I know we live in a democracy (in theory anyway) and one of the perks of this is that individuals have rights – sometimes even those who should not have any, but that is a another story.
One of the rights we have in this rainbow nation of ours is that of religious freedom. That, I assume, means that we have the right to belong to any religious denomination without fear of retribution or discrimination. Or, stated differently, having someone trying to force their religious beliefs down anybody’s throat.
What is disturbing is that some people in a position of authority do not seem to honour this right.
Although I am sure it happens in a lot of places, I can only refer to what I know about. It seems that some lecturers at the NW University insist on opening their lectures with prayer. While this seems to be a noble, inoffensive gesture, this is not the case as there are / could be students from different nationalities, races and religious beliefs in the same class including Indians, Jews, Blacks and Coloureds to mention a few. While it may have been safe in the days of the Voortrekkers to assume that everyone was a Christian, in the global world we live in, even that is not a safe bet anymore, especially if we think of all the different Christian denominations that fly under this banner, e.g. Catholic, Dutch Reformed, etc.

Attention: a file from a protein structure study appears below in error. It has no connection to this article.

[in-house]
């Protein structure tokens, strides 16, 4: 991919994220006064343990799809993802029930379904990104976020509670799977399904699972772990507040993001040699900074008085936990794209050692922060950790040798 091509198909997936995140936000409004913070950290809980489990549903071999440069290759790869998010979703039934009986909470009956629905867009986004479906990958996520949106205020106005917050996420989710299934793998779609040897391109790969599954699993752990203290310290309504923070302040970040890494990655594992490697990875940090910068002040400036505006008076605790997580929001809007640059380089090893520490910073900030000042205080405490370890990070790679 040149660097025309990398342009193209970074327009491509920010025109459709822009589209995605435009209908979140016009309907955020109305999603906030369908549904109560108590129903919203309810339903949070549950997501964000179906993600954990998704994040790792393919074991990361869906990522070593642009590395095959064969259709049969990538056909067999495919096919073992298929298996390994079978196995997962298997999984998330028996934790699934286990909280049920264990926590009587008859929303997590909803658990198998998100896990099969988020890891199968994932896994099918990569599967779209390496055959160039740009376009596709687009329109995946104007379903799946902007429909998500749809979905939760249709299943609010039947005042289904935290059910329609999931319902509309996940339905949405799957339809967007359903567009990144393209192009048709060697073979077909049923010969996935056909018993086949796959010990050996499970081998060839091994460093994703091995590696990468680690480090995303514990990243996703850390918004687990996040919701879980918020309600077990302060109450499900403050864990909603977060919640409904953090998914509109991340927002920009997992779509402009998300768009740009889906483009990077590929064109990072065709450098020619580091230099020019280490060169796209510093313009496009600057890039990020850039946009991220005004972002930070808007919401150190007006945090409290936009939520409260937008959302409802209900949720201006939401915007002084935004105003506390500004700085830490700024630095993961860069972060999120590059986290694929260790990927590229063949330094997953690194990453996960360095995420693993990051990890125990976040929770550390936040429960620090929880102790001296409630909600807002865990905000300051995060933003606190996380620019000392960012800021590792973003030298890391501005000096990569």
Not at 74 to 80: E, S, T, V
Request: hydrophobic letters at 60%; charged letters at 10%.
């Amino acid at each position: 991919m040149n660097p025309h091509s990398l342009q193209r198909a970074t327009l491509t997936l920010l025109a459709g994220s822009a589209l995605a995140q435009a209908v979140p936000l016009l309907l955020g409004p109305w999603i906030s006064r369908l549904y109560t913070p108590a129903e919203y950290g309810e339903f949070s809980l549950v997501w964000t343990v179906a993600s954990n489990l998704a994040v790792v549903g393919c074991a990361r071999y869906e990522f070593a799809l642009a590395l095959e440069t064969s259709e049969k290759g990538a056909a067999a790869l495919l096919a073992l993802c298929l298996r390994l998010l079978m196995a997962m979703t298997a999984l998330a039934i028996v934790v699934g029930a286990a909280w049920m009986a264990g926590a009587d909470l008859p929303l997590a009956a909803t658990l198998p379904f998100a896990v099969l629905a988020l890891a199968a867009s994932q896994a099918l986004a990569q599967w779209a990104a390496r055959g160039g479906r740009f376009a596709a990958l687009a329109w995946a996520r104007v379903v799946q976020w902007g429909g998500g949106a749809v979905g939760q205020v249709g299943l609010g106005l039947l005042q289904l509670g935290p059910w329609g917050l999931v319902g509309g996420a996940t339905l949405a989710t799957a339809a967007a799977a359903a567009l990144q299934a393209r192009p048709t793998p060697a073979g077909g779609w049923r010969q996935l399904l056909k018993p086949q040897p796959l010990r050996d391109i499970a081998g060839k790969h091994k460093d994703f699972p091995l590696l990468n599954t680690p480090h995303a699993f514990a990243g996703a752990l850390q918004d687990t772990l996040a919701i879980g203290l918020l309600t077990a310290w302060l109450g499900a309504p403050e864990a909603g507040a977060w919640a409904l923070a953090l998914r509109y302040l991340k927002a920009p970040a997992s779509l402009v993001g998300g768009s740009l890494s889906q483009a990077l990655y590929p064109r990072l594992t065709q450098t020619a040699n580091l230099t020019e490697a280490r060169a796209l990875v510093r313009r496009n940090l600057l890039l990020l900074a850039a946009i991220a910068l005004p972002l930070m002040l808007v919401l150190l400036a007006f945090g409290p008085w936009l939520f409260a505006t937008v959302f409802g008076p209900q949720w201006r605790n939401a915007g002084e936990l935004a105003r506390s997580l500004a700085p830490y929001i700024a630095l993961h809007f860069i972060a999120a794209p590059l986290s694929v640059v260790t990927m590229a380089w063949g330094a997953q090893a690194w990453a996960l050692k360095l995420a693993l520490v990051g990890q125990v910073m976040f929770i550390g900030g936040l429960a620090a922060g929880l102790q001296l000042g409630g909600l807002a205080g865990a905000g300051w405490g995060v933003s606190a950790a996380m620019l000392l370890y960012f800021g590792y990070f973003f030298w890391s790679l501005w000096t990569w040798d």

So we are faced with a situation where sometimes fierce, devout followers of the prophet Mohammed, Allah, various Hindi Gods, Satan, Jesus, etc. sit side by side with agnostics and atheists.
Surely this could be experienced as being offensive to some of the aforementioned groups but, as the lecturer is in a position of power, only the brave and the foolish would stand up and protest – either in public or in private - as this could reflect in their marks.
So how do we deal with two opposing sides of the same right – that of the lecturer who insists on praying to his or her deity of choice or that of the student who has to listen to a one-sided rendition to the lecturer’s object of prayer?